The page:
The government has doubled down on its commitment to using mobile technology to reach citizens with the launch this week of Mobile Gov, a General Services Administration Web page.
The new page is partly a report on how government has used mobile so far, partly a how-to guide for the future and partly polemic about the possibilities mobile presents.
The site also is aimed at managing the growth of government mobile apps in a more structured way than it oversaw the 1990s-era proliferation of government websites, which it said "grew like kudzu . . . creating not only great services but also, in many cases, redundancies that confused citizens and consumed resources."
The White House recently ordered a freeze on all new federal websites while it considers ways to trim the government's Web footprint. The Mobile Gov page is only a portal within the GSA site, so it is not subject to the freeze, a spokeswoman for the project said.
Beyond simply being portable, mobile apps can offer a deeper layer of service, the Mobile Gov page said, by utilizing Global Positioning Systems and other standard cellular features.
The U.S. Postal Service, for example, has a feature on its mobile app that allows people to find the nearest post office. The Federal Emergency Management Agency has an application that helps disaster victims find services and shelter when their electricity is out but they still have a cellphone charge.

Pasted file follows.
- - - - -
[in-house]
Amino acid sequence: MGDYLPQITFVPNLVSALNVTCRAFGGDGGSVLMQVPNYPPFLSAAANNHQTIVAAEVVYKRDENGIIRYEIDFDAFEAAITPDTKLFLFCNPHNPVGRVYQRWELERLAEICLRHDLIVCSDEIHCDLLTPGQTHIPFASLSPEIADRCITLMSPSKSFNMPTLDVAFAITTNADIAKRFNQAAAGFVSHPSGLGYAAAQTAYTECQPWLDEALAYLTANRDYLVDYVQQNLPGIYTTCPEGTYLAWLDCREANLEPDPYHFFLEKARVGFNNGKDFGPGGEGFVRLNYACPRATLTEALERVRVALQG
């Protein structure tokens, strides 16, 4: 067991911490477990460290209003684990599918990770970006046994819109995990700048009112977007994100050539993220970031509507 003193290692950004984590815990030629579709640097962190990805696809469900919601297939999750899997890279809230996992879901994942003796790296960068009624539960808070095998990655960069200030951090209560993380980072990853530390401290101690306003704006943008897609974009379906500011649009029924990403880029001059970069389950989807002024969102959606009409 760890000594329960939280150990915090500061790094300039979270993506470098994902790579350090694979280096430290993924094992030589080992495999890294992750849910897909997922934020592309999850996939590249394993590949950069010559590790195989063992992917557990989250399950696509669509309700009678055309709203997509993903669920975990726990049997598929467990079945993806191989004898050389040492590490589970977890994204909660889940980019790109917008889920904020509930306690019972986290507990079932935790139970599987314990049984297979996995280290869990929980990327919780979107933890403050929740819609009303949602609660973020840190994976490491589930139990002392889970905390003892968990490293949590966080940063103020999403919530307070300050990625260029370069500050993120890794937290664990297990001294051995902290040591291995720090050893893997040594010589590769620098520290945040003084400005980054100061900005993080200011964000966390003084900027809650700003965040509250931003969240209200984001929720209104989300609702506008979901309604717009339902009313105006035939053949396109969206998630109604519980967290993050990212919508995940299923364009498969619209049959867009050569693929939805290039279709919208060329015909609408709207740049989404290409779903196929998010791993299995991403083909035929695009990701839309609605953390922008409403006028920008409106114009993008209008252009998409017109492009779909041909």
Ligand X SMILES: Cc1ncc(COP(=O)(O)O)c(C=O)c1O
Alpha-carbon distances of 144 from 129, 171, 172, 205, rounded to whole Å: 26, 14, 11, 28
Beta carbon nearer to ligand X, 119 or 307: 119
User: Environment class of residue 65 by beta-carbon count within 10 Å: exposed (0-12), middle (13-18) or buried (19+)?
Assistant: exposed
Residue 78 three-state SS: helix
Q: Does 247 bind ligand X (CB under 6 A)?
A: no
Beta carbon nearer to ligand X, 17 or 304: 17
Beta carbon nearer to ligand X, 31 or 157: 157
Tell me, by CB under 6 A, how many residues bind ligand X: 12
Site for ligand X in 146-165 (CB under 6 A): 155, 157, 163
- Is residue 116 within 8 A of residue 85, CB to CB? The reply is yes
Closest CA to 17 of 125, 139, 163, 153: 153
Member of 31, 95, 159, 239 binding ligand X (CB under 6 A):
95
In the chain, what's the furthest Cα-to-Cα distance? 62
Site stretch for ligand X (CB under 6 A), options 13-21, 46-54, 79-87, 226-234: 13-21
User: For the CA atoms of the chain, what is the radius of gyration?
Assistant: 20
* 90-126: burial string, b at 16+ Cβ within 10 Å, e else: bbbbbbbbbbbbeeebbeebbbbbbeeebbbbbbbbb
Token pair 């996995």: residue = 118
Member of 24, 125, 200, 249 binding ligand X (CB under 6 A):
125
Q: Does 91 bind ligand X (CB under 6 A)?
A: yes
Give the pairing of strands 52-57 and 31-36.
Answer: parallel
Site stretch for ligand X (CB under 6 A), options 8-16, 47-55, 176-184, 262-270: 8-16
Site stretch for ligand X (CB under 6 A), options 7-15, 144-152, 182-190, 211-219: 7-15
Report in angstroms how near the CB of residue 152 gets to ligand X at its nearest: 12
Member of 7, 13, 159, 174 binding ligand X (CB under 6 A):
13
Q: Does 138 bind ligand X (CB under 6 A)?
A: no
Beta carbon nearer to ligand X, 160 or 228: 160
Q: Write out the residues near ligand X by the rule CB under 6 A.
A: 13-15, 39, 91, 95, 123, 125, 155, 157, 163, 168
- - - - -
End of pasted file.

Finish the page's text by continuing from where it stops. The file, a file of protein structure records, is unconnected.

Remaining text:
The heavily hyperlinked Mobile Gov page also quotes more than a half-dozen surveys about the rise of U.S. mobile phone use -- which will overtake computer use within the next five years -- and describes federal agencies' mobile success stories.
GobiernoUSA.gov, the government's Spanish-language site, for instance, saw a 200 percent increase in traffic to its mobile site between 2010 and 2011. About one-fifth of the traffic going to the Agriculture Department's food safety website was diverted to its mobile version within a week of the version's launch, the site said.
The Mobile Gov page was spawned by the Mobile Gov community of practice, a cross-agency working group aimed at increasing citizens' access to government. It's accompanied by a video testimonial from community member and Education Department employee Abraham Marinez, who begins by calling mobile "the way of the world" and adds it can "help government be more efficient and propel innovation in citizen services."
The site also touts other government apps, including:
--A Federal Communication Commission app that allows users to test the speed of their broadband Internet
-- An app from the Bureau of Engraving that enables the visually impaired to scan paper money to verify its denomination
-- A vitamin tracker app from the National Institutes of Health's Office of Dietary Supplements
--And a coaching app from the Veterans Affairs Department for veterans struggling with post-traumatic stress disorder
Mobile Gov now plans to develop criteria to separate good government apps from bad ones and to foster interagency cooperation on apps that pull from more than one agency's expertise, the group said.